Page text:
What are human rights?
- Human rights are held by all persons equally, universally and forever.
- Human rights are universal: they are always the same for all human beings everywhere in the world. You do not have human rights because you are a citizen of any country but because you are a member of the human family. This means children have human rights as well as adults.
- Human rights are inalienable: you cannot lose these rights any more than you can cease to be a human being.
- Human rights are indivisible: no-one can take away a right because it is ‘less important’ or ‘non-essential’.
- Human rights are interdependent: together human rights form a complementary framework. For example, your ability to participate in local decision making is directly affected by your right to express yourself, to associate with others, to get an education and even to obtain the necessities of life.
- Human rights reflect basic human needs. They establish basic standards without which people cannot live in dignity. To violate someone’s human rights is to treat that person as though he or she were not a human being. To advocate human rights is to demand that the human dignity of all people be respected.
- In claiming these human rights, everyone also accepts responsibilities: to respect the rights of others and to protect and support people whose rights are abused or denied. Meeting these responsibilities means claiming solidarity with all other human beings.
The Universal Declaration of Human Rights
Two major influences in the mid-twentieth century propelled human rights onto the global arena and the awareness of people around the world. The first was struggles of colonial people to assert their independence from foreign powers, claiming their human equality and right to self-determination. The second catalyst was the Second World War. The extermination by Nazi Germany of over six million Jews, Roma people, homosexuals and persons with disabilities horrified the world. Calls came from across the globe for human rights standards to bolster international peace and protect citizens from abuses by governments. These voices played a critical role in the establishment of the United Nations in 1945 and are echoed in its founding document, the UN Charter. Rights for all members of the human family were first articulated in the United Nations Universal Declaration of Human Rights (UDHR), one of the first initiatives of the newly established United Nations. Its thirty articles together form a comprehensive statement covering economic, social, cultural, political, and civil rights. The Declaration is both universal (it applies to all people everywhere) and indivisible (all rights are equally important to the full realization of one’s humanity) for both the complete text and a child-friendly version of the UDHR.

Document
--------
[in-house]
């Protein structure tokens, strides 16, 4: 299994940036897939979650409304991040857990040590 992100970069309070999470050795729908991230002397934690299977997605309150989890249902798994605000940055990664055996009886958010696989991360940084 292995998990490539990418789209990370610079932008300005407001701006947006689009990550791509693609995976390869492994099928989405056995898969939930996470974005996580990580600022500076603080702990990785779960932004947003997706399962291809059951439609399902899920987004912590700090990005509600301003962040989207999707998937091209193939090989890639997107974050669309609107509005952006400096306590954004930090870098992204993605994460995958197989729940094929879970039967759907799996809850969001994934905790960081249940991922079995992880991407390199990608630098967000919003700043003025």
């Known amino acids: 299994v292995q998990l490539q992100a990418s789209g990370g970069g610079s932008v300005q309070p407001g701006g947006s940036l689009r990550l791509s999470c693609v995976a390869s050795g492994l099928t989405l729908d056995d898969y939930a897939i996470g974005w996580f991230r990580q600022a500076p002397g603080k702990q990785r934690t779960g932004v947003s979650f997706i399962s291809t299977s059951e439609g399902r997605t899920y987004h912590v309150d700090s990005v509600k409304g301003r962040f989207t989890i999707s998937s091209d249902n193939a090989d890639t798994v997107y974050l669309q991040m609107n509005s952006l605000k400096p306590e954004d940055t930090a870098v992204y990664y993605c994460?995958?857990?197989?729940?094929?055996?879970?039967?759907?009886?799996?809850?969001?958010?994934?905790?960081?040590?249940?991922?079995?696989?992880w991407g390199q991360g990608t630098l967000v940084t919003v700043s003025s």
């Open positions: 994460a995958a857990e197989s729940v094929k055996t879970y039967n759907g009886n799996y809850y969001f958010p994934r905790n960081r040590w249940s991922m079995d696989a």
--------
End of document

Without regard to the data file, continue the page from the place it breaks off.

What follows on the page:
The human rights framework
Although the Universal Declaration has achieved the status of customary international law in its more than sixty years, as a declaration it is only a statement of intent, a set of principles to which United Nations member states commit themselves in an effort to provide all people a life of human dignity. For the rights defined in a declaration to have full legal force, they must be written into documents called conventions (also referred to as treaties or covenants), which set international norms and standards. Immediately after the Universal Declaration was adopted, work began to codify the rights it contained into a legally binding convention. For political and procedural reasons, these rights were divided between two separate covenants, each addressing different categories of rights. The International Covenant on Civil and Political Rights (ICCPR) articulates the specific, liberty-oriented rights that a state may not take from its citizens, such as freedom of expression and freedom of movement. The International Covenant on Economic, Social, and Cultural Rights (ICESCR) addresses those articles in the UDHR that define an individual’s rights to self-determinations as well as basic necessities, such as food, housing and health care, which a state should provide for its citizens, in so far as it is able. The UN General Assembly adopted both covenants in 1966. See APPENDICES, P. 289, for a list of countries that have ratified the Covenants. Since its adoption in 1948, the Universal Declaration has served as the foundation for the twenty major human rights conventions. Together these constitute the human rights framework, the evolving body of these international documents that define human rights and establish mechanisms to promote and protect them.